‘Closed for Business’ at City Hall?

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By: Frank Parlato

The doors to the present Niagara Falls City Hall on Main Street were first opened in 1924. Prior to that, the mayor’s office was in the Gluck Building on Second and Falls Streets.
It was Mayor William Laughlin who first enjoyed welcoming residents into the building with its big, wide welcoming wooden doors and graceful staired approach.
Since then Frank A. Jenss,, Dr. W. Levell Draper, Ernest W. Mirrington, Jr., Eugene C. Butler, Stephen A. Lamb, William R. Lupton, Calvin L. Keller, E. Dent Lackey, Michael C. O’Laughlin, Jacob A. Palillo, James C. Galie, Vincenzo V. Anello and  – since Jan.1 2008, Paul Dyster – have occupied the mayor’s office at city hall.
Fourteen mayors. They have been good and bad and indifferent. But they all sat and governed at what is for a rather small city – a gracious and architecturally elegant building that bespeaks of solid governance.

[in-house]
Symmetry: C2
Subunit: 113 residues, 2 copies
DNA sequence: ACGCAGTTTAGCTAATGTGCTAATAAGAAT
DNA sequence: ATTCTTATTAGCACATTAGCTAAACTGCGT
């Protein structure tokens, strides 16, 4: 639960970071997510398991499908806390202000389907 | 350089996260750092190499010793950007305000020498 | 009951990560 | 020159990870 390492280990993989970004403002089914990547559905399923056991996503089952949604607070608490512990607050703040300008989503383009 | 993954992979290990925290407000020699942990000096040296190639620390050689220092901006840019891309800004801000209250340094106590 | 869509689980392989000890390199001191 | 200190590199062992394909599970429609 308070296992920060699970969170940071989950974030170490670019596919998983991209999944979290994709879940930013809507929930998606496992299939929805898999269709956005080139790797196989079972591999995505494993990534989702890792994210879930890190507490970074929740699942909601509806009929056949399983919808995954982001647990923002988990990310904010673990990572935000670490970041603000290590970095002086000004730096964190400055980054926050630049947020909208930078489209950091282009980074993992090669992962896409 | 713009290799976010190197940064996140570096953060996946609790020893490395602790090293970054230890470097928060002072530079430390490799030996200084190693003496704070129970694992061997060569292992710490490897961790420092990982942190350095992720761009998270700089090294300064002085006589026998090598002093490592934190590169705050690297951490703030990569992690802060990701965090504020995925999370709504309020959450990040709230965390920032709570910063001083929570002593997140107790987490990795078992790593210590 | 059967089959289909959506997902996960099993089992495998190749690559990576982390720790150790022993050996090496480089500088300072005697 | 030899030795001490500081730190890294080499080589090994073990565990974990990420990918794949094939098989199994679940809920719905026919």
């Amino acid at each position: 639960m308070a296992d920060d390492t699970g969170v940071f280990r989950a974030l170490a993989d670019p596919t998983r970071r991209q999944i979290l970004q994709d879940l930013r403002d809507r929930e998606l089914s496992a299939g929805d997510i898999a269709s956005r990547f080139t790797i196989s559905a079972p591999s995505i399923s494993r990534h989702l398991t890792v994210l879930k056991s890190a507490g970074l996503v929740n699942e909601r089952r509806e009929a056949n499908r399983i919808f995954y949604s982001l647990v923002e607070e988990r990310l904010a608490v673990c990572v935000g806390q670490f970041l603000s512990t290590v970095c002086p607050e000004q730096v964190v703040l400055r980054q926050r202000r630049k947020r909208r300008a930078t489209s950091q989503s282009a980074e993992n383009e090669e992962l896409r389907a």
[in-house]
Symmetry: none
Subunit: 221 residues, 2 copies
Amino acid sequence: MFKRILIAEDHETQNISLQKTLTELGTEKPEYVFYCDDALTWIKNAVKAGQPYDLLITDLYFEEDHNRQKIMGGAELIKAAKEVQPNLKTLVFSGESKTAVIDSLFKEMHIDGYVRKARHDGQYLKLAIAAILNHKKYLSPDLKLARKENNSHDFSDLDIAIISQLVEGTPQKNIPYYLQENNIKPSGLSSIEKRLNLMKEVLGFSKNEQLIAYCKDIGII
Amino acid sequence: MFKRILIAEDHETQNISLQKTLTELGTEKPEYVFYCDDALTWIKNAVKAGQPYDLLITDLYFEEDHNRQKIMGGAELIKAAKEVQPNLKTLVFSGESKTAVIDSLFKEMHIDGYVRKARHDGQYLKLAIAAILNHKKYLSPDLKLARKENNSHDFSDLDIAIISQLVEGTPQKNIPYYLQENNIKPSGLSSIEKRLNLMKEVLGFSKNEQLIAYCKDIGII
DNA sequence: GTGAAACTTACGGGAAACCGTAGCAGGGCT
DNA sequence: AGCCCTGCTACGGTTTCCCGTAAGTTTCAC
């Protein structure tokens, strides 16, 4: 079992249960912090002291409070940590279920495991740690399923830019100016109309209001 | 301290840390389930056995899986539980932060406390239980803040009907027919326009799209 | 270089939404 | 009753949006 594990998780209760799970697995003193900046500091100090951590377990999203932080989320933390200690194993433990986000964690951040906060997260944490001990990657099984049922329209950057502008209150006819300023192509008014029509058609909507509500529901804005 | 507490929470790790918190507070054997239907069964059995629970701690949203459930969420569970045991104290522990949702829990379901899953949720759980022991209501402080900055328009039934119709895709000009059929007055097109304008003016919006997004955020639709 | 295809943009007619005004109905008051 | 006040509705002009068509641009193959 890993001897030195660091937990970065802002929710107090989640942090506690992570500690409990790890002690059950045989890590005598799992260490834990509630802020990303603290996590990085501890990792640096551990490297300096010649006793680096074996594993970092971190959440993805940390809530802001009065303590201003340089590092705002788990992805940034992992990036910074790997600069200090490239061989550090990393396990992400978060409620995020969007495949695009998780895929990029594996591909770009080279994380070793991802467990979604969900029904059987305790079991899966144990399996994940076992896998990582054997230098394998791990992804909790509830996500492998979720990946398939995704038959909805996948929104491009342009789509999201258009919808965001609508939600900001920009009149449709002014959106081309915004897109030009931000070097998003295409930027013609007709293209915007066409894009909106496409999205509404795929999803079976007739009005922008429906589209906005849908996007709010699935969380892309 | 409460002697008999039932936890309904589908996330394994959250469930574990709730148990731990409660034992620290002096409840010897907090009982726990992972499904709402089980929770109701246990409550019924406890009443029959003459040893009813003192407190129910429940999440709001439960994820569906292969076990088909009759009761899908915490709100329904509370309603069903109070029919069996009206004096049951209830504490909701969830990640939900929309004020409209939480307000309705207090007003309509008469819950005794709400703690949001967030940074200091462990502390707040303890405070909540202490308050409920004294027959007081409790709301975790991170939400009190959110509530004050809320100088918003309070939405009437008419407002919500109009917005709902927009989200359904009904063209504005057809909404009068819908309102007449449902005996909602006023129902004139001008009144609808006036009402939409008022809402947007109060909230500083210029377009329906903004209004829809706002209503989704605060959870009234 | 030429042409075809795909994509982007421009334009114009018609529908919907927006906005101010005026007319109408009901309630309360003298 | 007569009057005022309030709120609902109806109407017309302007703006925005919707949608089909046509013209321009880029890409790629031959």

And  up until now, none of them thought it was a good idea to close the front door of the building – until Paul Dyster came up with the idea.
We endorse his decision. If a City Hall is emblematic of the kind of governance the people are getting, nothing could better express the administration of this mayor than to close the front doors and herd people through the back.
Of course it is being done, Dyster says, for his personal safety and protection – since a policeman [also new to the Dyster administration] stands guard there to ensure people sign in [also new to the administration]. It is no longer the people’s house. It is Dyster’s place – Dyster and his cronies – like his hand picked successor Seth Piccirillo.
We commend Paul Dyster for his rare transparency in closing off the front doors to the people’s house.
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